Thrilling Battle of Alberta exceeding lofty expectations

David Amber and Kelly Hrudey discuss how the Flames can plan to handle Connor McDavid, why Jakob Markstrom has been struggling this series, and how the Flames can retain their leads over the Oilers.

EDMONTON — Look, I’m not gonna lie to you.

I’ve propped this Battle of Alberta up as much as anyone. Likely more than most.

All those Saturday nights in January, when the no-chance Edmonton Oilers were hosting the barely-alive Calgary Flames on Hockey Night in Canada, I was the guy writing about how one team could turn their season around with a win over the other. How the ghosts of Battles past still directed these franchises, the way a Belarusian dump-in haunts Tommy Salo’s dreams.

Here’s the truth: for most of 30 years, these two franchises have been a pair of donkeys in the Derby.

Neither one of them has won jack since the 80’s, before most of you were born, and they haven’t played a big game — a truly important game — against each other since Esa Tikkanen banked a shot in off of Frank Musil in overtime of Game 7 back in 1991. I think those two guys are watching today’s series from extended care.

(Hyperbole alert — they’re only 57 years old).

You want numbers? How about this:

Calgary and Edmonton each went to one Stanley Cup Final since the turn of the century, Calgary in ’04 and Edmonton in ’06. Both lost in Game 7.

It took the Flames 10 years to win their next playoff series. Edmonton missed the playoffs for 10 years after their trip to the Final, a period known there as The Decade of Darkness.

In the 21 non-Cup playoff seasons for each team since the year 2000, the two teams have combined for five series wins — all in Round 1. For these two teams the playoffs have been, in the words of “The Agrarian Contrarian” Darryl Sutter, “a waste of eight days.”

Someone will get a Round 2 win this year, but that’s not what we’re here to celebrate.

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Today, not only does the Battle of Alberta contain two teams that can beat you. Today,the that certain something is back.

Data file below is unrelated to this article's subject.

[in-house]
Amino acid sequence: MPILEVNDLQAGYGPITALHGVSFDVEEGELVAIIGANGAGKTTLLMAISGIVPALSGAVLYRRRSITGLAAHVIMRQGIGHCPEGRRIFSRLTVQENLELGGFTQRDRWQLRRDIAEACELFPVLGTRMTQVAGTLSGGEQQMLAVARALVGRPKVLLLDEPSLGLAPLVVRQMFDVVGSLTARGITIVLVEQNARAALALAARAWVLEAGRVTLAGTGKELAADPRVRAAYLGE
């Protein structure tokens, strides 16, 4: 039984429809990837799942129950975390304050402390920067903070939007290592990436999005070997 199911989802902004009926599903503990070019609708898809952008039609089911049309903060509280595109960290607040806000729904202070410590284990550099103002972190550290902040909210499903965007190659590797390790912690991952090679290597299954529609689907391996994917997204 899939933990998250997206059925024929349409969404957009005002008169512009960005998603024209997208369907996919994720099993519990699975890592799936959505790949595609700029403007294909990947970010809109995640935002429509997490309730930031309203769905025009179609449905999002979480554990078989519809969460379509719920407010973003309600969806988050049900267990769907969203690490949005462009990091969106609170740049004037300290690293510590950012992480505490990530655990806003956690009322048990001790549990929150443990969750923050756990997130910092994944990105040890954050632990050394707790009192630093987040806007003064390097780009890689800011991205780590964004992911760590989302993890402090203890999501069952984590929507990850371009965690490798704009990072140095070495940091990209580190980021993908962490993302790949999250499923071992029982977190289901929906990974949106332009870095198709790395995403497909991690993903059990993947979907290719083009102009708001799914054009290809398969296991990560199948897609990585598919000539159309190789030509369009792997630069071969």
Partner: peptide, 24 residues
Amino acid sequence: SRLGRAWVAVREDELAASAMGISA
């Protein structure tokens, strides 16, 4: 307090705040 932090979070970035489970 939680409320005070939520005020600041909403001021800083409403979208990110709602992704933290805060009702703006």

Back in the day, this was a matchup that gave us the Steve Smith goal, or Wayne Gretzky’s very favorite among the 1,026 combined regular season and playoff goals in his career. (You get one guess which goal it was.)

Once again in 2022, The Battle is giving us antics you can’t get anywhere else, like that 9-6 ode to the ’80s in Game 1. Or with both teams promising to button things down in Game 2, a 5-3, series-evening win with three more goals called back?

This series has produced 23 goals in two games, the highest such total in 35 years. We’ve had a four-goal comeback by Edmonton in Game 1, followed by four straight goals to erase a 3-1 deficit in Game 2.

“I mean, this is fun, right?” said Leon Draisaitl, who is penning his own chapter in the annals as he limps through a series on what is thought to be a high ankle sprain. “The Battle of Alberta — both cities are very, very intense about it. They love it, and who knows when this is going to happen again, right?”

The antics, we’ll admit, have conservatized somewhat.

Today’s version has no Doug Risebrough shredding an Oilers jersey with his skates in the penalty box, nor a Glen Sather promising to invoice the Flames for said sweater. There is no Craig MacTavish to rip the tongue out of Harvey the Hound’s mouth, like a guy taking a ticket at the deli counter, or Marty McSorley, who impaled Mike Bullard’s groin on the end of his Koho and claimed amnesia when the media came calling.

Instead we get Ottawa Senators captain Brady Tkachuk in the Saddledome stands, beers in hand and wearing Calgary red and gold as he cheers on his brother Matt. Or the rarest of goals, where the guy who wasn’t included in coincidental minors came out of the box first, then failed to tag up to the blue-line before his goal — but wasn’t offside because an Oiler kicked the puck back into the zone.

You could watch hockey for 25 years and not see that combination on a goal.

“It’s been different,” Oilers head coach Jay Woodcroft said. “We won a game last night (where) we had two goals called back — and we found a way to win a game. I mean, that how often does that happen?”

The last time an Oiler had 20 points in the Stanley Cup playoffs it was Chris Pronger in ’06 — in 24 games. Connor McDavid has 20 points in nine games.

His is a high-wire act unlike any other, as McDavid rolls through the playoffs with eight multi-point games in nine starts. He is the fastest player to 20 points since Mario Lemieux 30 years ago, a tour de force through network television that has Hart Trophy voters in the GTA in full reconsideration mode.

“Do I think it’s special what Connor is doing? Yeah, you’ve got to,” said Woodcroft. “You don’t need me to tell you that. I think we’re all witness to what’s going on.”

The recipe is an Alberta delicacy second only to perogies and cabbage rolls, two hockey teams — one bigger and stronger with supposedly better goaltending, versus the other, a serviceable bunch behind hockey’s greatest player and another who is Top 5.

The dish, thus far, has been fabulous.

“This is a great time for both teams. A great time for both cities,” Draisaitl said. “Obviously, we’d like to not give up nine goals in Game 1. But we had a good game the other night, and I still think that you know we haven’t showed our best yet.”

If it gets better from here, count me in.

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